How 'evil' is PowerPoint really?

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How 'evil' is PowerPoint really?

  1. 1. How‘evil‘ is PowerPoint really?<br />Eye-Tracking as a method in multi-modal scientificcommunicationresearchStavanger | 05/06/2009<br />1<br />Hans-Jürgen Bucher | Philipp Niemann<br />
  2. 2. Areas of Interest<br />2<br />Hans-Jürgen Bucher | Philipp Niemann<br />
  3. 3. Areas of Interest<br />3<br />Hans-Jürgen Bucher | Philipp Niemann<br />Surrounding Area<br />Multimodality<br />Non-Linearity<br />Presentation<br />Speaker<br />Audience / Moderator<br />
  4. 4. 4<br />Aspectsofunderstandingmultimodal communication<br />“Writing moves the sound world to a world of visual space, but print locks words into a position in this space. […] Because print controlled not only what words were put down to form a text but also the exact situation of the words on a page and their spatial relationship to one another, the space itself on a printed sheet took on high significance.” (Ong 2002/1988: 119, 122, 126) <br />Sequentialorder:temporal logic<br />Presentation: spatio-temporal logic<br />Compositionalorder:spatiallogic<br />Hans-Jürgen Bucher | Philipp Niemann<br />
  5. 5. Aspects of design in presentations<br />The spatial order / arrangement of presenter(s), screen(s)<br />The presenter’s actions of verbal, physical and technical reference to elements of the slide<br />The design of the PP-slides (bullet points, typography, layout, visualisations etc.)<br />The animations of the slides and the slide transitions<br />5<br />Hans-Jürgen Bucher | Philipp Niemann<br />
  6. 6. Research problems<br />Problem of Compositionality: How is the meaning of a multimodal document composed out of the single elements?How are the different semiotic systems coordinated in the process of meaning making?(holistic versus additive)<br />Problem of Reception:Are the processes of selection and meaning making controlled by attributes of the document or the recipient? How do visual salience and cues or aspects of speechinfluence the process of reception? (inductive versus deductive) <br />6<br />Hans-Jürgen Bucher | Philipp Niemann<br />
  7. 7. Research questions<br />How is attention allocated during multi-modal scientific presentations?<br />How can coherence emerge in multi-modal scientific communication?<br />Are therespecificpatternsofreception? <br />How are communication problems solved that appear during the reception of multi-modal presentations?<br />Do newmodesofscientificpresentationcontributetooptimizingknowledgetransfer?<br />7<br />Hans-Jürgen Bucher | Philipp Niemann<br />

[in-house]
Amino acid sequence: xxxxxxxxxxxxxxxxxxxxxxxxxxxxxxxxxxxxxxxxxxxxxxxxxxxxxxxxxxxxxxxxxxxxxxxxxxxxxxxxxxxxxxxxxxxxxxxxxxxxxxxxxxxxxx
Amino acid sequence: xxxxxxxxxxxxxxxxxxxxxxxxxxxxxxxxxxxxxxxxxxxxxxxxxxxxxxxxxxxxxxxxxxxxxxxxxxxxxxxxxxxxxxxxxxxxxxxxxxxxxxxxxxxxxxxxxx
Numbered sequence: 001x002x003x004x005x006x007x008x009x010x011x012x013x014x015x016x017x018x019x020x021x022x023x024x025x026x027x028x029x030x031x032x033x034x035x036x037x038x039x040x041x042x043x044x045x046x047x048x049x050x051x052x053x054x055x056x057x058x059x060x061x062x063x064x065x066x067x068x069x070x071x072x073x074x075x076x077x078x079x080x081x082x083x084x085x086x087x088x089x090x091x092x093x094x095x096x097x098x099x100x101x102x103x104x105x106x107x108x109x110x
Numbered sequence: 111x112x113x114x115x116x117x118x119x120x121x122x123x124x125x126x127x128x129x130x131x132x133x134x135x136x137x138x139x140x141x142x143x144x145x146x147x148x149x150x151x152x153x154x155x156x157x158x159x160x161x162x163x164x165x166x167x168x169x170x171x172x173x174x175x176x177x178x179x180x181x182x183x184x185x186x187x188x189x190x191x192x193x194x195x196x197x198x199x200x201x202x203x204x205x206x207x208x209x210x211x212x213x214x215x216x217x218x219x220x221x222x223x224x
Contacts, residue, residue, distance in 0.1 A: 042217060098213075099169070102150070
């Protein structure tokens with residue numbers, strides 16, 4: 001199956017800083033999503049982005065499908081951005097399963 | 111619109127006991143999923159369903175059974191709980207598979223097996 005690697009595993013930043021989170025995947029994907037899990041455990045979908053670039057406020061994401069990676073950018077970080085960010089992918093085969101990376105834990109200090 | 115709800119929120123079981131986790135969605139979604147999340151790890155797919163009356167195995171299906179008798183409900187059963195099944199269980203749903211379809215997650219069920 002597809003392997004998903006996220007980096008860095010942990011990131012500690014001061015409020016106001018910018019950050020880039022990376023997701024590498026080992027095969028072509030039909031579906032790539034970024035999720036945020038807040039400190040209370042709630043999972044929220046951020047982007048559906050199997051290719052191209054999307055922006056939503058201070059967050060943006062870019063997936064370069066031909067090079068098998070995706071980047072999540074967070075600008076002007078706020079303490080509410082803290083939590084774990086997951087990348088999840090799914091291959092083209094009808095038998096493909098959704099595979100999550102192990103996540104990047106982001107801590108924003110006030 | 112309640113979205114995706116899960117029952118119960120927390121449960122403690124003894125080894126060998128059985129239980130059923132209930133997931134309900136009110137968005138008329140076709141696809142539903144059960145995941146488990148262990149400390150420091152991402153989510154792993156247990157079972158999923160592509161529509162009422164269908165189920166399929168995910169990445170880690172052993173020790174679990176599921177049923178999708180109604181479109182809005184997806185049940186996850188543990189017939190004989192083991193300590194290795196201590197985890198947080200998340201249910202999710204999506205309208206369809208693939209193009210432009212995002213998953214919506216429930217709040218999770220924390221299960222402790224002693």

8. 8. Receptionstudy design<br /><ul><li>Scenario I</li></ul>Live presentations<br />Scenario II + III<br />Presentations in a laboratorysetting<br />8<br />Hans-Jürgen Bucher | Philipp Niemann<br />Research methods<br /><ul><li>Eye-tracking
  9. 9. Think aloud
  10. 10. Questionnaire</li></li></ul><li>Scenario I: Live presentations<br />Scientific presentations given at symposia, conferences of scientific associations, etc.<br />9<br /><ul><li>36 presentations
  11. 11. Humanities
  12. 12. Sciences
  13. 13. Economics </li></ul>Hans-Jürgen Bucher | Philipp Niemann<br />
  14. 14. Scenario I: Setting<br />10<br />Hans-Jürgen Bucher | Philipp Niemann<br />
  15. 15. Scenario I: Analysis<br />11<br />Hans-Jürgen Bucher | Philipp Niemann<br />
  16. 16. Scenario I: Results (meso level)<br />12<br />Hans-Jürgen Bucher | Philipp Niemann<br />Engineering science:<br />
  17. 17. Scenario I: Results (meso level)<br />13<br />Hans-Jürgen Bucher | Philipp Niemann<br />
  18. 18. Scenario I: Results (meso level)<br />14<br />Hans-Jürgen Bucher | Philipp Niemann<br />
  19. 19. Scenario I: Results (meso level)<br />15<br />Hans-Jürgen Bucher | Philipp Niemann<br />Law:<br />
  20. 20. Scenario I: Analysis<br />16<br />Hans-Jürgen Bucher | Philipp Niemann<br />
  21. 21. Scenario I: Results (microlevel)<br />17<br />Hans-Jürgen Bucher | Philipp Niemann<br />Engineering science:<br />Speaker<br />Graphics<br />
  22. 22. Scenario I: Results (microlevel)<br />18<br />Hans-Jürgen Bucher | Philipp Niemann<br />
  23. 23. Scenario I: Results (microlevel)<br />19<br />Hans-Jürgen Bucher | Philipp Niemann<br />Experimental economics:<br />Speaker<br />Graphics<br />Text<br />Other<br />
  24. 24. Scenario II + III: Laboratory setting<br />Scenario II<br />Scenario III<br />20<br />Hans-Jürgen Bucher | Philipp Niemann<br />:<br />:<br />
  25. 25. Conclusions (Hypotheses)<br />The meaning of a presentation is compositional.<br />Following a presentation means to organize attention simultaneously on a temporal and a spatial level.<br />The perception of the slides is determined by their rhetorical style (and not only by visual salience).<br />All elements of the presentation are contextualizing each other. <br />Multimodal meaning is multiplicative and not additive.<br />Coherence is organized by the elements of design: the actions of reference (implicit and explicit), and visual cues.<br />Spatial contiguity is replaced by semantic contiguity.<br />Reducing the cognitive overload of a presentation depends on the coherence management (signaling principle). <br />21<br />Hans-Jürgen Bucher | Philipp Niemann<br />
  26. 26. Interactive Science<br />Interdisciplinaryresearchassociation:<br />ComputationalLinguistics (Gießen) <br />Political Science (Gießen) <br />Media Science (Trier) <br />Dramatics (Hamburg) <br />Information Science (Konstanz)<br />Technology Assessment (Wien) <br />Project duration: 2008-2011<br />Funding: Volkswagen Foundation<br />22<br />Hans-Jürgen Bucher | Philipp Niemann<br />

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